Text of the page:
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Pre-conception nutrition is a vital part of preparing for pregnancy. Factors such as a woman's weight compared to her height and what she eats can play an important role in a mother's health during pregnancy and the health of her developing fetus.
A mother's pre-pregnancy weight has a direct influence on her baby's birthweight. Studies show that underweight women are more likely to give birth to small babies, even though they may gain the same amount in pregnancy as normal weight women. Overweight women have increased risks for complications in pregnancy such as gestational diabetes or high blood pressure. Consult your physician about whether you need to lose or gain weight before becoming pregnant.
Many women do not eat a well-balanced diet before pregnancy and may not have the proper nutritional status for the demands of pregnancy. Generally, a pregnant woman needs to add about 300 extra calories to meet the needs of her body and her developing fetus. However, those calories, as well as her entire diet, need to be healthy, balanced, and nutritious.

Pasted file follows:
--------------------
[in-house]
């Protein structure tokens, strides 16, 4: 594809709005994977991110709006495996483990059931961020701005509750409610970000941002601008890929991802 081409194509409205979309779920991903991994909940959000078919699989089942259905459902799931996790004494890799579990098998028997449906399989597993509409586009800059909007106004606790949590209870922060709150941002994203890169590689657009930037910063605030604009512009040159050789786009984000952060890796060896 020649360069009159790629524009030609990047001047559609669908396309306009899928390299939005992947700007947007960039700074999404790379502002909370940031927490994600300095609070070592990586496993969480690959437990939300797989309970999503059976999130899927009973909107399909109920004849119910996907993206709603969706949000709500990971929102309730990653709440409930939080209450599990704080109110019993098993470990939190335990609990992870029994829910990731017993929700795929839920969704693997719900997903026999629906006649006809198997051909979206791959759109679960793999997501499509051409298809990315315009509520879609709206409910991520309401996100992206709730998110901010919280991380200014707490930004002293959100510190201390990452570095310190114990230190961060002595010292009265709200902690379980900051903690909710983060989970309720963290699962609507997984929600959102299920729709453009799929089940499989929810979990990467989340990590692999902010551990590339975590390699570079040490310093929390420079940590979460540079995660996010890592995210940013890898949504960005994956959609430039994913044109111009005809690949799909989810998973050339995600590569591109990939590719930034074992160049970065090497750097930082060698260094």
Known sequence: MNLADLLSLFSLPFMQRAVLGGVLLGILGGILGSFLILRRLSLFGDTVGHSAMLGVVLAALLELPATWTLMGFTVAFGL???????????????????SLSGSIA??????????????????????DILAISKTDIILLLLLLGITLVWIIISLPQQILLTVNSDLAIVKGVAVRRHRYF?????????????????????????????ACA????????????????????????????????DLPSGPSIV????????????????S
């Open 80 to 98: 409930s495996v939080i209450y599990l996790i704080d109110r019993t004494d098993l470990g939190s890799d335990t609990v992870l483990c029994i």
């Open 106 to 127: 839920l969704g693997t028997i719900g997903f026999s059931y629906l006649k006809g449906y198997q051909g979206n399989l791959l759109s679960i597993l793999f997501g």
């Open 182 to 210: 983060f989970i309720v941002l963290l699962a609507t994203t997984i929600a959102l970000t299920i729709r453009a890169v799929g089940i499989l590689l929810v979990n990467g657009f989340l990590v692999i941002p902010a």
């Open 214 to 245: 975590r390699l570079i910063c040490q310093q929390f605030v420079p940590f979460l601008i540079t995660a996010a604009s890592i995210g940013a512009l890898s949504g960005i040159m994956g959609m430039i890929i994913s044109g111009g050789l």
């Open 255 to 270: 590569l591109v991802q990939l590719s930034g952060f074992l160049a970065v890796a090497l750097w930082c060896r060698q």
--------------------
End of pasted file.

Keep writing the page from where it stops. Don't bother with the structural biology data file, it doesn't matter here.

Using the food pyramid can help you plan the number of servings from each food group for a well-balanced diet. In addition, the following nutrients should be included in a woman's pre-conception diet and continued into pregnancy:
Folic acid is most beneficial during the first 28 days after conception, when most neural tube defects occur. Unfortunately, many women do not realize they are pregnant before 28 days. Therefore, folic acid intake should begin prior to conception.
Most physicians will prescribe a prenatal supplement before conception, or shortly afterward, to ensure all of the woman's nutritional needs are met. However, a prenatal supplement does not replace a healthy diet.
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Online Resources of High-Risk Pregnancy
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